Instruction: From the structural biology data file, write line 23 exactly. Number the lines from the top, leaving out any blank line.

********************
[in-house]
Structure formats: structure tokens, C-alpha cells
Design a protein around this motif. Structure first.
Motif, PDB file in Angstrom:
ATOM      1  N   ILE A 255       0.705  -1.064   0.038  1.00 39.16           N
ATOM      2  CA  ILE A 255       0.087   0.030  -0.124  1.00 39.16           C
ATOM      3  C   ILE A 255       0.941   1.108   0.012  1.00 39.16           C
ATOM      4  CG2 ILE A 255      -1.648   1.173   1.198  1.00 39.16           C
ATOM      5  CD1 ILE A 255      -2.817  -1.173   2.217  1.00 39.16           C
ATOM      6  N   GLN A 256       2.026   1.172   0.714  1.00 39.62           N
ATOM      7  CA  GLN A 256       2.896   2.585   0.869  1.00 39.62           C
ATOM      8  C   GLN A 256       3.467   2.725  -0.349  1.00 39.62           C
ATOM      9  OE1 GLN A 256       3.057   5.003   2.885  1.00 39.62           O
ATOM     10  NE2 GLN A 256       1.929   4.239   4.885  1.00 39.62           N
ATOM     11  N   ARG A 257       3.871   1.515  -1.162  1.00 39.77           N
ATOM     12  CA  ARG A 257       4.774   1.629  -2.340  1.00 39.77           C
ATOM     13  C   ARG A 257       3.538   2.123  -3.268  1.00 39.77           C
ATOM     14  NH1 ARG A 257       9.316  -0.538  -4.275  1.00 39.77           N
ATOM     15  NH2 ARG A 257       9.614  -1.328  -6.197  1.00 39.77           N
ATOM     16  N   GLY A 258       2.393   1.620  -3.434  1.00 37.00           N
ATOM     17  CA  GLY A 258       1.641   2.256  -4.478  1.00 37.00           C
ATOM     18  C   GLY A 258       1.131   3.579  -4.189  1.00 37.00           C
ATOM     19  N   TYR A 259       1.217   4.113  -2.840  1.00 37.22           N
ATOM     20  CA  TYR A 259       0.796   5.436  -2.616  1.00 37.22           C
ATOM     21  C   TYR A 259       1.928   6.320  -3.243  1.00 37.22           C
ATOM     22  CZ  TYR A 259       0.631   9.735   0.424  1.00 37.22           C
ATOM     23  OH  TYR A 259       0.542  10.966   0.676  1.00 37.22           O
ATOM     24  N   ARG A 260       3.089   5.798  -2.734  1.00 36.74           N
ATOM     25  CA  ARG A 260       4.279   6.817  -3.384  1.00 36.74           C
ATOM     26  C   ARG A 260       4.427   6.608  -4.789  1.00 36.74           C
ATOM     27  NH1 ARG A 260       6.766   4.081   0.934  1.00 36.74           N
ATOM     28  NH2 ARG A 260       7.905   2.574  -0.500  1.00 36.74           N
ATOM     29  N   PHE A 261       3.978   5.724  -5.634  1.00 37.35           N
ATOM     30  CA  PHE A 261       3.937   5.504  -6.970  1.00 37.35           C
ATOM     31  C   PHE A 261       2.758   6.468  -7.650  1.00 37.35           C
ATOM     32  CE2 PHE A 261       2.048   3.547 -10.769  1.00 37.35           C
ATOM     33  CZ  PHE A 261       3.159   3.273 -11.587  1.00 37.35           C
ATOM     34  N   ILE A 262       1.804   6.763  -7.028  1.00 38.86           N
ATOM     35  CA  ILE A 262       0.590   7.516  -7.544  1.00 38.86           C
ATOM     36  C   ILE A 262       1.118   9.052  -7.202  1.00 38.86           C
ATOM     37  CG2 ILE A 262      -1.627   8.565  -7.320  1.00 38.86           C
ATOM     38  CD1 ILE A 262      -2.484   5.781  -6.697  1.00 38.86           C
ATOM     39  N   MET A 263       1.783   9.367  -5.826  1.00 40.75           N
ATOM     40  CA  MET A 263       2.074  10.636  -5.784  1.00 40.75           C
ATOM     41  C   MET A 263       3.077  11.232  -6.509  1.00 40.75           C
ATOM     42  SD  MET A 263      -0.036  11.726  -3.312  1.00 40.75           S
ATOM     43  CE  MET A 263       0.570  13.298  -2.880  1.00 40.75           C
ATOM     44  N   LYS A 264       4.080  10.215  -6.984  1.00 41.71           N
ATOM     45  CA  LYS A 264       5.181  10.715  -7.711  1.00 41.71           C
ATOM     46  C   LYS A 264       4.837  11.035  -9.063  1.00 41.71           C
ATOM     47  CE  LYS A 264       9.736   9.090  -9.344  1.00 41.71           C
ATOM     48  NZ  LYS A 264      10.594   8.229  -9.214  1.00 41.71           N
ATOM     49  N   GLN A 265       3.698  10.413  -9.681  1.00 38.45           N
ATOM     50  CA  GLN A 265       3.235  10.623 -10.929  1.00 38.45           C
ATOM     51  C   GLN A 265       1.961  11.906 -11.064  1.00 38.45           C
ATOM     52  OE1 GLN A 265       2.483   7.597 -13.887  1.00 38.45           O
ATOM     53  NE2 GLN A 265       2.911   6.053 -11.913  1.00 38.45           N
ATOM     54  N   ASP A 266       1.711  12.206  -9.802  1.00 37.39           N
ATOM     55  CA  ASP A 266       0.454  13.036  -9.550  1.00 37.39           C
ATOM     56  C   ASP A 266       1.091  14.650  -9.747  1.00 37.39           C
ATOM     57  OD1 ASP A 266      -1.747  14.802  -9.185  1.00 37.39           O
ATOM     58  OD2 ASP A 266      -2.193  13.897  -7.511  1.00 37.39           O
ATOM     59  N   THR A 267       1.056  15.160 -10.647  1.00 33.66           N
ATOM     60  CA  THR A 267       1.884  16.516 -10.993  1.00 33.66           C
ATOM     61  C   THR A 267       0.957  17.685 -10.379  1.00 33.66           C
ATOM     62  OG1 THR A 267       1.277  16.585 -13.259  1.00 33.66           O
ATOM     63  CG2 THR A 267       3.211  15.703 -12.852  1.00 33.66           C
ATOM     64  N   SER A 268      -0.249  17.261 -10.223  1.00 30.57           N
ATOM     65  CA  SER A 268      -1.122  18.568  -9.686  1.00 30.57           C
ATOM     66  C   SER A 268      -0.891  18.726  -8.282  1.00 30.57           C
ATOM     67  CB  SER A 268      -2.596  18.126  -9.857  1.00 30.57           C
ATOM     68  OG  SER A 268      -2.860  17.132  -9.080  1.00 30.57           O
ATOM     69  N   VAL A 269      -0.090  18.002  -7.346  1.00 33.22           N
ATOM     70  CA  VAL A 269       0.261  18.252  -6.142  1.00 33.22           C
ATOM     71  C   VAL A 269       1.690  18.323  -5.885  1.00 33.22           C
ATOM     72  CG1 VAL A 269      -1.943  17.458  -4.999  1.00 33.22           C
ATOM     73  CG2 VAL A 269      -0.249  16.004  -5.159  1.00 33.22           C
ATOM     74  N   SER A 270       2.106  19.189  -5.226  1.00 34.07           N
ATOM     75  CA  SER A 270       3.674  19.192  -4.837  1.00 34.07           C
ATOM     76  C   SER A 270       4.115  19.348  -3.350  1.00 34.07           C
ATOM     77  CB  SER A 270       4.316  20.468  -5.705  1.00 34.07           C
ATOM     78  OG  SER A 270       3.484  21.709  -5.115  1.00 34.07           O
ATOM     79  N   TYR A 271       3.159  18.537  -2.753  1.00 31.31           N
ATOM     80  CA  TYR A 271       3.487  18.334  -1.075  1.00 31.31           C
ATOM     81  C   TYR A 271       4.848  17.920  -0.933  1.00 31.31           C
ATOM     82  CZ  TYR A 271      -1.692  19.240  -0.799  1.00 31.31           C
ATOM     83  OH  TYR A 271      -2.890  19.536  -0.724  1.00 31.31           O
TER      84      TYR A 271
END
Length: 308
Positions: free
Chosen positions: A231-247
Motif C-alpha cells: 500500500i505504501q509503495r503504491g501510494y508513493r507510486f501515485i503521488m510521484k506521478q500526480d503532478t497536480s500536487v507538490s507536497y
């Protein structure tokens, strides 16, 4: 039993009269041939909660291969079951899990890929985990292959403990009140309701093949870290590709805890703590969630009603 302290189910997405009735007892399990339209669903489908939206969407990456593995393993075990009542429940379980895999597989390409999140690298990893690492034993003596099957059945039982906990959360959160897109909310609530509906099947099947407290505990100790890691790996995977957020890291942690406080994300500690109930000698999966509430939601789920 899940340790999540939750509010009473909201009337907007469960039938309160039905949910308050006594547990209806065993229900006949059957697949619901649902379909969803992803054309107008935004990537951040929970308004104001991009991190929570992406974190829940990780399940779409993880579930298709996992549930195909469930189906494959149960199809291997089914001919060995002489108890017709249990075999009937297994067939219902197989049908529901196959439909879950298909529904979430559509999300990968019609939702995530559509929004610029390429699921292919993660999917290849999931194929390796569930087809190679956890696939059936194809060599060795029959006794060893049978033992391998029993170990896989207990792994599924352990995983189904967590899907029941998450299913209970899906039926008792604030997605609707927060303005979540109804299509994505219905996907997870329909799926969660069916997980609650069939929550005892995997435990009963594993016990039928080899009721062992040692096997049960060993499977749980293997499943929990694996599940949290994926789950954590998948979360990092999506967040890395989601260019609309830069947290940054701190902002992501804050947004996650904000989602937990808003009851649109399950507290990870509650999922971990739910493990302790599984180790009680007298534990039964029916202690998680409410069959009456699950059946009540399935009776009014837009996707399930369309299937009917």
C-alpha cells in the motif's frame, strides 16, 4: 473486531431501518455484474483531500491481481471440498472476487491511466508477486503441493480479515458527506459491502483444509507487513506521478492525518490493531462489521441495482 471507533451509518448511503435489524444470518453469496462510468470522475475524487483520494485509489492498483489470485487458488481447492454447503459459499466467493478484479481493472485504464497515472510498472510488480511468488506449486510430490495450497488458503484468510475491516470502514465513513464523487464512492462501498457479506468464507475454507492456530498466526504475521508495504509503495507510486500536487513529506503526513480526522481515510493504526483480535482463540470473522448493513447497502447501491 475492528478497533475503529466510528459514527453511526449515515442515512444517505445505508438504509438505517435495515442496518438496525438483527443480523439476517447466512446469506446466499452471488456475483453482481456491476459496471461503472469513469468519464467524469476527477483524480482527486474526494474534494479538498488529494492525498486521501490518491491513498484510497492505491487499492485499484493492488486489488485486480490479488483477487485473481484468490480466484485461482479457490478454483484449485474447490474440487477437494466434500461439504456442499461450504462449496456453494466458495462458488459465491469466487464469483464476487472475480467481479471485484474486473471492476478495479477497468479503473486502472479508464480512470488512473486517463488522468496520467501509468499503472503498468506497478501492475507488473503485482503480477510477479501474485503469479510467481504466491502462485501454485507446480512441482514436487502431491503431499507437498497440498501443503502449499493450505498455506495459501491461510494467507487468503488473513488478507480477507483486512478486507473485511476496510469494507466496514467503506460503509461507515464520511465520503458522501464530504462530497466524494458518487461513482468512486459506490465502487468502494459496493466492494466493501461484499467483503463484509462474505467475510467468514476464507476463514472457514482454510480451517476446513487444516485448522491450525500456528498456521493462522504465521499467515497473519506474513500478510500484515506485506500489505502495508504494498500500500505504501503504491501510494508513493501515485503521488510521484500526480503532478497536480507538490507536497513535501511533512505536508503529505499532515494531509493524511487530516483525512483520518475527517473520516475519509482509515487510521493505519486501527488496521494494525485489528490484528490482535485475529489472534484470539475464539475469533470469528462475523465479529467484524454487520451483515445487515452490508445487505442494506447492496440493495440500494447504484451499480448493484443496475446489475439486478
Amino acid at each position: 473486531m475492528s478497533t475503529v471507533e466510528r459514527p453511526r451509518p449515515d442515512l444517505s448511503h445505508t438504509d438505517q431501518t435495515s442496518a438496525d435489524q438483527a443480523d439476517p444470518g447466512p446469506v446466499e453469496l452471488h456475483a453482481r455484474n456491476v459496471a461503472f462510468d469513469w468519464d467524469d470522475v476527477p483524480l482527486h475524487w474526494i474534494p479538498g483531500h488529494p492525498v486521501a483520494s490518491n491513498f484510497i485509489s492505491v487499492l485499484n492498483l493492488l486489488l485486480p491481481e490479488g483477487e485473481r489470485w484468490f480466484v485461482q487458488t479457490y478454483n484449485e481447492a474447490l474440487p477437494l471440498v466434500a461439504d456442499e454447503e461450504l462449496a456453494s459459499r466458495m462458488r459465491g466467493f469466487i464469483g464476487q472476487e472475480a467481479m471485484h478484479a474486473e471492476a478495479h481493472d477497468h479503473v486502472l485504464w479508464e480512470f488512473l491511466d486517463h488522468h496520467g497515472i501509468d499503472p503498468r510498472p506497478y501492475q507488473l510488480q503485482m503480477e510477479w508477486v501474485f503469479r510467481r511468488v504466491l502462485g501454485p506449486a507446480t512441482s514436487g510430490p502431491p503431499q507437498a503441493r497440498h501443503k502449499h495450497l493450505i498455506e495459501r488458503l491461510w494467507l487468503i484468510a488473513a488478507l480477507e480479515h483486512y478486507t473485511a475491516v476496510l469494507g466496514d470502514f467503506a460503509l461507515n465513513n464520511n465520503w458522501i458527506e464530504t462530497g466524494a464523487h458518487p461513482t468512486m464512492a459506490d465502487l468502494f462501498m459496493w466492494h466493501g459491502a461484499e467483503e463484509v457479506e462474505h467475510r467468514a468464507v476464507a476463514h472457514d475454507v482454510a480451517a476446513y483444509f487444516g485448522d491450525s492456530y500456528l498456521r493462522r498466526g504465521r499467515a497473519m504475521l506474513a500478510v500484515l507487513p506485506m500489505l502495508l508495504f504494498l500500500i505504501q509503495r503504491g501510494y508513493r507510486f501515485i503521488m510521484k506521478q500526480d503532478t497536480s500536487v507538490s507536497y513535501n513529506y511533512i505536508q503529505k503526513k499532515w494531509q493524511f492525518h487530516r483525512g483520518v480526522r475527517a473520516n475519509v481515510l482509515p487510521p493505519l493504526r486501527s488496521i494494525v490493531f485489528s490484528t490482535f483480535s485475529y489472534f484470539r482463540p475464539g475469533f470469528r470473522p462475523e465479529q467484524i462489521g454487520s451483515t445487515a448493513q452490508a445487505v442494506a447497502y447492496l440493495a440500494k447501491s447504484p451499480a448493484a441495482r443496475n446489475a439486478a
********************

ATOM     19  N   TYR A 259       1.217   4.113  -2.840  1.00 37.22           N